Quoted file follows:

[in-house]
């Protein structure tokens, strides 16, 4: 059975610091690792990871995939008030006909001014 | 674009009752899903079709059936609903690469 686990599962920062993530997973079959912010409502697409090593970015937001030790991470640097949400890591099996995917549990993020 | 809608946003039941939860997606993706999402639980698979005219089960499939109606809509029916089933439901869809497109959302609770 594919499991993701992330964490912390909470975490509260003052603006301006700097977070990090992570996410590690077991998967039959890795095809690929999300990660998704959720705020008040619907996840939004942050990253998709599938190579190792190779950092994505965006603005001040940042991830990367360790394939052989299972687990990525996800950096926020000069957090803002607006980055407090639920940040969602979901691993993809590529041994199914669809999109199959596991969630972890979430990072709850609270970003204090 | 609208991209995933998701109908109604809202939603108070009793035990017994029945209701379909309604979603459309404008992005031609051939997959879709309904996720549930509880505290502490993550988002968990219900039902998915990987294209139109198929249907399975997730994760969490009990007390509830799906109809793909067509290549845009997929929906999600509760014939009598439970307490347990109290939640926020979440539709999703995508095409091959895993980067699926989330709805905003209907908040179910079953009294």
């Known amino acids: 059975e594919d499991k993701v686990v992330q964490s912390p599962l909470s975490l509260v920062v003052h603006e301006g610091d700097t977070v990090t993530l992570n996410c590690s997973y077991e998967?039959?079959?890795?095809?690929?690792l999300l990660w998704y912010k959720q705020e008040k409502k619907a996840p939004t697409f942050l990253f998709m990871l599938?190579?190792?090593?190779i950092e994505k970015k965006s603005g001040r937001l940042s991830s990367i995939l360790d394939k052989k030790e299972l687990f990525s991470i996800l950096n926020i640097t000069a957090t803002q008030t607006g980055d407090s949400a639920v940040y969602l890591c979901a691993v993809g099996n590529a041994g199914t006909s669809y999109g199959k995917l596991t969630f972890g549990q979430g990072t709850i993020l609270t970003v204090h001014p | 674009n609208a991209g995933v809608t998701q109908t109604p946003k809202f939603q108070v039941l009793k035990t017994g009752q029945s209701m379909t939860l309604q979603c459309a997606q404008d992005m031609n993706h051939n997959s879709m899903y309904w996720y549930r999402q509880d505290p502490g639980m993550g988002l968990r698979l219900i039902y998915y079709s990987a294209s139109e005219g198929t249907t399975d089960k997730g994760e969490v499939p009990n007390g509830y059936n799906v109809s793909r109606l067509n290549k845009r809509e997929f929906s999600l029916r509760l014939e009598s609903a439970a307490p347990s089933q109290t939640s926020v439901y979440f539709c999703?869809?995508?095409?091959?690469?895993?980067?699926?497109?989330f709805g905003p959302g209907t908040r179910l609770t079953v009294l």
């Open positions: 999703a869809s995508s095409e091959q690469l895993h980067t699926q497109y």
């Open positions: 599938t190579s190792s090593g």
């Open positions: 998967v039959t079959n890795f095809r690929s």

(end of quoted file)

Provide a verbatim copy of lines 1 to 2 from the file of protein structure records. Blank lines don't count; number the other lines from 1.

[in-house]
């Protein structure tokens, strides 16, 4: 059975610091690792990871995939008030006909001014 | 674009009752899903079709059936609903690469 686990599962920062993530997973079959912010409502697409090593970015937001030790991470640097949400890591099996995917549990993020 | 809608946003039941939860997606993706999402639980698979005219089960499939109606809509029916089933439901869809497109959302609770 594919499991993701992330964490912390909470975490509260003052603006301006700097977070990090992570996410590690077991998967039959890795095809690929999300990660998704959720705020008040619907996840939004942050990253998709599938190579190792190779950092994505965006603005001040940042991830990367360790394939052989299972687990990525996800950096926020000069957090803002607006980055407090639920940040969602979901691993993809590529041994199914669809999109199959596991969630972890979430990072709850609270970003204090 | 609208991209995933998701109908109604809202939603108070009793035990017994029945209701379909309604979603459309404008992005031609051939997959879709309904996720549930509880505290502490993550988002968990219900039902998915990987294209139109198929249907399975997730994760969490009990007390509830799906109809793909067509290549845009997929929906999600509760014939009598439970307490347990109290939640926020979440539709999703995508095409091959895993980067699926989330709805905003209907908040179910079953009294």